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New Program Could Make Florida Truck Stops Safer

A new program partly funded by an EPA State Grant Program will give Florida truck stops a new look – and will possibly help to prevent Florida car accidents and truck accidents. The program is being administered by the Florida Department of Transportation (DOT) and the Florida Department of Environmental Protection (DEP) and will provide different services at some of the truck stops on the Florida Turnpike.

Specifically, the program will allow truckers to enjoy in-cab electricity in order to fuel air conditioning, heating, and gadgets in the cab when truckers stop for a rest. Currently, many truck stops require truckers to idle their engines in order to run electricity to fuel many amenities in their sleeper cabs. The current system wastes fuel and produces more exhaust. Advocates of the new program say that the program will help in many ways:

1) It will reduce fuel use of big trucks. Not only is this environmentally friendly, but it will save the trucking industry money, which could mean less pressure on truck companies to push drivers to drive longer than is safe.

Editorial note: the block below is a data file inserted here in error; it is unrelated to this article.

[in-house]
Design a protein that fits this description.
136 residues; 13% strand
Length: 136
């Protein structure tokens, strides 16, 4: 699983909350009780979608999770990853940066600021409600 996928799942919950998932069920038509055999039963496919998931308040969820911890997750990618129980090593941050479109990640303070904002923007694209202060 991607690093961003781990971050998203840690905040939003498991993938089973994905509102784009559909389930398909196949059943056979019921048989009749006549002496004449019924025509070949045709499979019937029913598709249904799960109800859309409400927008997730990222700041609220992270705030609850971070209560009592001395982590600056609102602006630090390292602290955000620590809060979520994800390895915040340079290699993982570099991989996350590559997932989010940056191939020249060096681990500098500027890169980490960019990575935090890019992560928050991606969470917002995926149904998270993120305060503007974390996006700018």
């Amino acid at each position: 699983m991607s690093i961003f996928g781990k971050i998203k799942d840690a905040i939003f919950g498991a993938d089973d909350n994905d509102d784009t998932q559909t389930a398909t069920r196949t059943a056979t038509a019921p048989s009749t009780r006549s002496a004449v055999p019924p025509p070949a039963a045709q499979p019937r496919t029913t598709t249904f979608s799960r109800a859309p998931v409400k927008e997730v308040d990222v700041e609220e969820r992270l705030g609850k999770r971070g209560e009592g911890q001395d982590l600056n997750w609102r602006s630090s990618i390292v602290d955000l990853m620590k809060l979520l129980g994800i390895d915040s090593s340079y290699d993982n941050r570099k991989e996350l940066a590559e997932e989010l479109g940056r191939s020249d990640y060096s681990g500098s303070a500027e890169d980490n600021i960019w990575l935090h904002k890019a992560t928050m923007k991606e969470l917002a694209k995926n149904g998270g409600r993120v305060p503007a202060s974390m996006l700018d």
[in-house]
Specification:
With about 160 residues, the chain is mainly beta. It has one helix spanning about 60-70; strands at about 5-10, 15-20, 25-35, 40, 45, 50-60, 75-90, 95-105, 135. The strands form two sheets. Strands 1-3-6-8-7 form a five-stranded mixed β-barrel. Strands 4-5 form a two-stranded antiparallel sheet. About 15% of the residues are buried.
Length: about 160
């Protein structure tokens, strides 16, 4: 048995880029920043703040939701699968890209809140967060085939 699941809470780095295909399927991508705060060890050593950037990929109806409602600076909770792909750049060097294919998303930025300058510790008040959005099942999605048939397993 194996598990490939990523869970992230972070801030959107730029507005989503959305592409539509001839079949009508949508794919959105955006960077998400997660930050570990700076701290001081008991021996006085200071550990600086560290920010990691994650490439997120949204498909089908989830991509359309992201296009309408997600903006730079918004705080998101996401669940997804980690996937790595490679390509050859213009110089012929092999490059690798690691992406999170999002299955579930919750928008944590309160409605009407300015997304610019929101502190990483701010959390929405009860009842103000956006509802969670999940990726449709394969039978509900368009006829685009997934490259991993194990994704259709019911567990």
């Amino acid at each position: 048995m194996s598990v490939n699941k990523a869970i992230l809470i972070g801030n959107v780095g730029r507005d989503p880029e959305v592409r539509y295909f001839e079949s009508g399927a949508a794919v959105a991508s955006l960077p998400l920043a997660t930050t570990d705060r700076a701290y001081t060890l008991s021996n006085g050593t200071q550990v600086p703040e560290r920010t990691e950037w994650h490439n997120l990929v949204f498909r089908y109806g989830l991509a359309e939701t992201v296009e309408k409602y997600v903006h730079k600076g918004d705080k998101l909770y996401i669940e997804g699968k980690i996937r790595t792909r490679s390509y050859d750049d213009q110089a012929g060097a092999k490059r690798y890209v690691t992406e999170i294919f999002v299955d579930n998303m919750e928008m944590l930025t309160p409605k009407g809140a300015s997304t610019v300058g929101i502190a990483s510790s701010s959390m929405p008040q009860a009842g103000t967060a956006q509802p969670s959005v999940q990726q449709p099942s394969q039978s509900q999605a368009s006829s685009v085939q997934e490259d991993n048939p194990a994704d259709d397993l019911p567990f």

2) It will reduce exhaust and pollution. This will mean that truck drivers and workers at truck stops will be healthier. Exhaust from engines can cause dizziness, sleepiness, and other symptoms which are definitely dangerous symptoms for someone driving an 80,000 pound truck.

3) It will reduce wear and tear on commercial truck engines and other crucial systems. Advocates believe the program will help reduce Florida truck accidents and traffic accidents by keeping trucks in better shape for longer. Since the trucks will not need to idle as long, trucks will suffer less damage, which will make them safer on Florida’s roads.

4) It will mean better quality rest for truckers. Keeping a large commercial truck idling produces a lot of noise as well as exhaust. If a driver has to keep his or her truck idling while they sleep in order to heat or cool the cab, the noise and pollution can affect the quality of sleep. In turn, fatigued drivers are at a higher risk of Florida truck accidents than well-rested drivers.